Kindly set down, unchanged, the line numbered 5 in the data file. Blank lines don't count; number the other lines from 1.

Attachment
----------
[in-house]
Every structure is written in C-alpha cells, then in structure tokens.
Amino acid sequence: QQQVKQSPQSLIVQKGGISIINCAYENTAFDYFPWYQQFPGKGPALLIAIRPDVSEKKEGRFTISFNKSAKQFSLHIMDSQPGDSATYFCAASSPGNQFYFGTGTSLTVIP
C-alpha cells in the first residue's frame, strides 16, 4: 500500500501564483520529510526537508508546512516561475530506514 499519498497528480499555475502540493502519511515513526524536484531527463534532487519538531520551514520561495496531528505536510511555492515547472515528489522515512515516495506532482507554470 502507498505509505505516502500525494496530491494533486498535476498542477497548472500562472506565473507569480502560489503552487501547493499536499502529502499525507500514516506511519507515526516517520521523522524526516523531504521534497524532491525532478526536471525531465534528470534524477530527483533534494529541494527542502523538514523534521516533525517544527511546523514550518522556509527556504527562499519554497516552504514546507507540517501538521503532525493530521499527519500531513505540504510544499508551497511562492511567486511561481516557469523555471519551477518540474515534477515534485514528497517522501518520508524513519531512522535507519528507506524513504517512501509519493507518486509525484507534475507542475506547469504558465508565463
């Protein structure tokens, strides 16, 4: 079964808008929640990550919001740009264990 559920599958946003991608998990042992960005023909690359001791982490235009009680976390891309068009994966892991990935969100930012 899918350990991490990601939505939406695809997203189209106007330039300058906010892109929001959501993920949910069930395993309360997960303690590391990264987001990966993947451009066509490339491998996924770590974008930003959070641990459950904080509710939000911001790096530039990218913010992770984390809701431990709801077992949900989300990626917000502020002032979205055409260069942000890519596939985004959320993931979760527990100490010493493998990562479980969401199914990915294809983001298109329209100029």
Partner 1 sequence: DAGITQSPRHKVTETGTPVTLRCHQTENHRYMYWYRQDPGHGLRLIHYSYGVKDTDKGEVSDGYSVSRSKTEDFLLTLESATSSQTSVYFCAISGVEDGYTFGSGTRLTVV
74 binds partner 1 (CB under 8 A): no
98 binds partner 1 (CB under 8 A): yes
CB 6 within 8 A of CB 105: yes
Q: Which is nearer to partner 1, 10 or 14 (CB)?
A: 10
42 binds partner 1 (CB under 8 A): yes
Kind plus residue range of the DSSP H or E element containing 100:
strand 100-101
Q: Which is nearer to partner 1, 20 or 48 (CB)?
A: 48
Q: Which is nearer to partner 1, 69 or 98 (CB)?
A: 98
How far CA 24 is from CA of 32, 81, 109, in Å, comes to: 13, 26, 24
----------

């Protein structure tokens, strides 16, 4: 079964808008929640990550919001740009264990 559920599958946003991608998990042992960005023909690359001791982490235009009680976390891309068009994966892991990935969100930012 899918350990991490990601939505939406695809997203189209106007330039300058906010892109929001959501993920949910069930395993309360997960303690590391990264987001990966993947451009066509490339491998996924770590974008930003959070641990459950904080509710939000911001790096530039990218913010992770984390809701431990709801077992949900989300990626917000502020002032979205055409260069942000890519596939985004959320993931979760527990100490010493493998990562479980969401199914990915294809983001298109329209100029």